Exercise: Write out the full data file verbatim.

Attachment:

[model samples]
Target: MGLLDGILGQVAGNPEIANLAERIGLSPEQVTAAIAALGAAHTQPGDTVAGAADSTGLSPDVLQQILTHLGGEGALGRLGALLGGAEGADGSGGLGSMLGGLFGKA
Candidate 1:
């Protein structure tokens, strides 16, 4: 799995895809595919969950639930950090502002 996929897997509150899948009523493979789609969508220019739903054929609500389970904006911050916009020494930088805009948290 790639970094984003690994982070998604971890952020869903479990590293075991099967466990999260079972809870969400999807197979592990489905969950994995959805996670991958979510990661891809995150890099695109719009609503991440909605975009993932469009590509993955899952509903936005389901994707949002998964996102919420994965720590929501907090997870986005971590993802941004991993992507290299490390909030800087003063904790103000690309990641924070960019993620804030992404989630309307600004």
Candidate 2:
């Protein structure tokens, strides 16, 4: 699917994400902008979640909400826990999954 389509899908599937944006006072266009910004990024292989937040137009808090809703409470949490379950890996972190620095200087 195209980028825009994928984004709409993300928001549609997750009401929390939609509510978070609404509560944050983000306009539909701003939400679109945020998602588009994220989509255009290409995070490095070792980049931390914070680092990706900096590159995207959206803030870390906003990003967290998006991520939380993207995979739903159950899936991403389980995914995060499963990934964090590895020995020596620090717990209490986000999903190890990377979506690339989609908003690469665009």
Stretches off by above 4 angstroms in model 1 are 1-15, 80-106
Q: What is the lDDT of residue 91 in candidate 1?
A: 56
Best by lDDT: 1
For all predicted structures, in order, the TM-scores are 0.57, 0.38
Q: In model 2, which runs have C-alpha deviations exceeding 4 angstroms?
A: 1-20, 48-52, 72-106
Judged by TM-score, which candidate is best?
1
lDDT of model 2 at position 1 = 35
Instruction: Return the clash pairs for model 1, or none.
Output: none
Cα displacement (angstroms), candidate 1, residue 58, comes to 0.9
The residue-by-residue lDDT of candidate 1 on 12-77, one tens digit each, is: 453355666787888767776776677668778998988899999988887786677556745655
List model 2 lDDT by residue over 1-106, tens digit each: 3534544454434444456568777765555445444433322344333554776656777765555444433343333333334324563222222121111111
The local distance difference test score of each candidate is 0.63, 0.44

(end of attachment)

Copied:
[model samples]
Target: MGLLDGILGQVAGNPEIANLAERIGLSPEQVTAAIAALGAAHTQPGDTVAGAADSTGLSPDVLQQILTHLGGEGALGRLGALLGGAEGADGSGGLGSMLGGLFGKA
Candidate 1:
């Protein structure tokens, strides 16, 4: 799995895809595919969950639930950090502002 996929897997509150899948009523493979789609969508220019739903054929609500389970904006911050916009020494930088805009948290 790639970094984003690994982070998604971890952020869903479990590293075991099967466990999260079972809870969400999807197979592990489905969950994995959805996670991958979510990661891809995150890099695109719009609503991440909605975009993932469009590509993955899952509903936005389901994707949002998964996102919420994965720590929501907090997870986005971590993802941004991993992507290299490390909030800087003063904790103000690309990641924070960019993620804030992404989630309307600004």
Candidate 2:
């Protein structure tokens, strides 16, 4: 699917994400902008979640909400826990999954 389509899908599937944006006072266009910004990024292989937040137009808090809703409470949490379950890996972190620095200087 195209980028825009994928984004709409993300928001549609997750009401929390939609509510978070609404509560944050983000306009539909701003939400679109945020998602588009994220989509255009290409995070490095070792980049931390914070680092990706900096590159995207959206803030870390906003990003967290998006991520939380993207995979739903159950899936991403389980995914995060499963990934964090590895020995020596620090717990209490986000999903190890990377979506690339989609908003690469665009």
Stretches off by above 4 angstroms in model 1 are 1-15, 80-106
Q: What is the lDDT of residue 91 in candidate 1?
A: 56
Best by lDDT: 1
For all predicted structures, in order, the TM-scores are 0.57, 0.38
Q: In model 2, which runs have C-alpha deviations exceeding 4 angstroms?
A: 1-20, 48-52, 72-106
Judged by TM-score, which candidate is best?
1
lDDT of model 2 at position 1 = 35
Instruction: Return the clash pairs for model 1, or none.
Output: none
Cα displacement (angstroms), candidate 1, residue 58, comes to 0.9
The residue-by-residue lDDT of candidate 1 on 12-77, one tens digit each, is: 453355666787888767776776677668778998988899999988887786677556745655
List model 2 lDDT by residue over 1-106, tens digit each: 3534544454434444456568777765555445444433322344333554776656777765555444433343333333334324563222222121111111
The local distance difference test score of each candidate is 0.63, 0.44